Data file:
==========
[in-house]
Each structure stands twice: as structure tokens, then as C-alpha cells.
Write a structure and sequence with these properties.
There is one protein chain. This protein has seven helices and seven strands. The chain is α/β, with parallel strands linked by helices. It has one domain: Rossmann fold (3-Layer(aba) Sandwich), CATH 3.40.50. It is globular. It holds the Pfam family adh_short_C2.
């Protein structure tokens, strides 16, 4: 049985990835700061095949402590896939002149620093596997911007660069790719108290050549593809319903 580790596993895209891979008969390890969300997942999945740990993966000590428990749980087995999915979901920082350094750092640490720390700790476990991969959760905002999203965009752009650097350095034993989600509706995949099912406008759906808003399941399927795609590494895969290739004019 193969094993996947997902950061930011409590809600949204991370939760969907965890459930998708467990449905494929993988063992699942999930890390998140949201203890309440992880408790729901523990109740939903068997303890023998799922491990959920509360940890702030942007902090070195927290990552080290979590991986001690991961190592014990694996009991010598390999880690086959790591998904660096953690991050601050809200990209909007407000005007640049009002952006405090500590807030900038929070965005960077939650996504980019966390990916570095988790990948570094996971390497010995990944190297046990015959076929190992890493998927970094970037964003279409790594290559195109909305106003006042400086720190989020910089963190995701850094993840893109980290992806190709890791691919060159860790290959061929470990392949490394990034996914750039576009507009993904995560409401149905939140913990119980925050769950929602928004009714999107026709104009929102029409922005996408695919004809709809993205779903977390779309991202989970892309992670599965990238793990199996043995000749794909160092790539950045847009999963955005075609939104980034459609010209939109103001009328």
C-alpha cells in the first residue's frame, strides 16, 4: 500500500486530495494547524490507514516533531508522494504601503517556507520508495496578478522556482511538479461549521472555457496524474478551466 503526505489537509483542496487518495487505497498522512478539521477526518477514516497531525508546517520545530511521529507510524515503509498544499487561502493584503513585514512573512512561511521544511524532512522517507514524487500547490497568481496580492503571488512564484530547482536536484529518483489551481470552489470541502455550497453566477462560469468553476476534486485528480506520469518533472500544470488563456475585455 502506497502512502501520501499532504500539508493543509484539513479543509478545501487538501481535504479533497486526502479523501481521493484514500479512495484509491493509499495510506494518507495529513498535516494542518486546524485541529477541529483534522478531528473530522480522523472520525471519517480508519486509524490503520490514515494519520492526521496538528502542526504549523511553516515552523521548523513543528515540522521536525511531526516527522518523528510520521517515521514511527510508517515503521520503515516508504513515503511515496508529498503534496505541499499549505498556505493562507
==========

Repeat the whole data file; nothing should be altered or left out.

[in-house]
Each structure stands twice: as structure tokens, then as C-alpha cells.
Write a structure and sequence with these properties.
There is one protein chain. This protein has seven helices and seven strands. The chain is α/β, with parallel strands linked by helices. It has one domain: Rossmann fold (3-Layer(aba) Sandwich), CATH 3.40.50. It is globular. It holds the Pfam family adh_short_C2.
């Protein structure tokens, strides 16, 4: 049985990835700061095949402590896939002149620093596997911007660069790719108290050549593809319903 580790596993895209891979008969390890969300997942999945740990993966000590428990749980087995999915979901920082350094750092640490720390700790476990991969959760905002999203965009752009650097350095034993989600509706995949099912406008759906808003399941399927795609590494895969290739004019 193969094993996947997902950061930011409590809600949204991370939760969907965890459930998708467990449905494929993988063992699942999930890390998140949201203890309440992880408790729901523990109740939903068997303890023998799922491990959920509360940890702030942007902090070195927290990552080290979590991986001690991961190592014990694996009991010598390999880690086959790591998904660096953690991050601050809200990209909007407000005007640049009002952006405090500590807030900038929070965005960077939650996504980019966390990916570095988790990948570094996971390497010995990944190297046990015959076929190992890493998927970094970037964003279409790594290559195109909305106003006042400086720190989020910089963190995701850094993840893109980290992806190709890791691919060159860790290959061929470990392949490394990034996914750039576009507009993904995560409401149905939140913990119980925050769950929602928004009714999107026709104009929102029409922005996408695919004809709809993205779903977390779309991202989970892309992670599965990238793990199996043995000749794909160092790539950045847009999963955005075609939104980034459609010209939109103001009328």
C-alpha cells in the first residue's frame, strides 16, 4: 500500500486530495494547524490507514516533531508522494504601503517556507520508495496578478522556482511538479461549521472555457496524474478551466 503526505489537509483542496487518495487505497498522512478539521477526518477514516497531525508546517520545530511521529507510524515503509498544499487561502493584503513585514512573512512561511521544511524532512522517507514524487500547490497568481496580492503571488512564484530547482536536484529518483489551481470552489470541502455550497453566477462560469468553476476534486485528480506520469518533472500544470488563456475585455 502506497502512502501520501499532504500539508493543509484539513479543509478545501487538501481535504479533497486526502479523501481521493484514500479512495484509491493509499495510506494518507495529513498535516494542518486546524485541529477541529483534522478531528473530522480522523472520525471519517480508519486509524490503520490514515494519520492526521496538528502542526504549523511553516515552523521548523513543528515540522521536525511531526516527522518523528510520521517515521514511527510508517515503521520503515516508504513515503511515496508529498503534496505541499499549505498556505493562507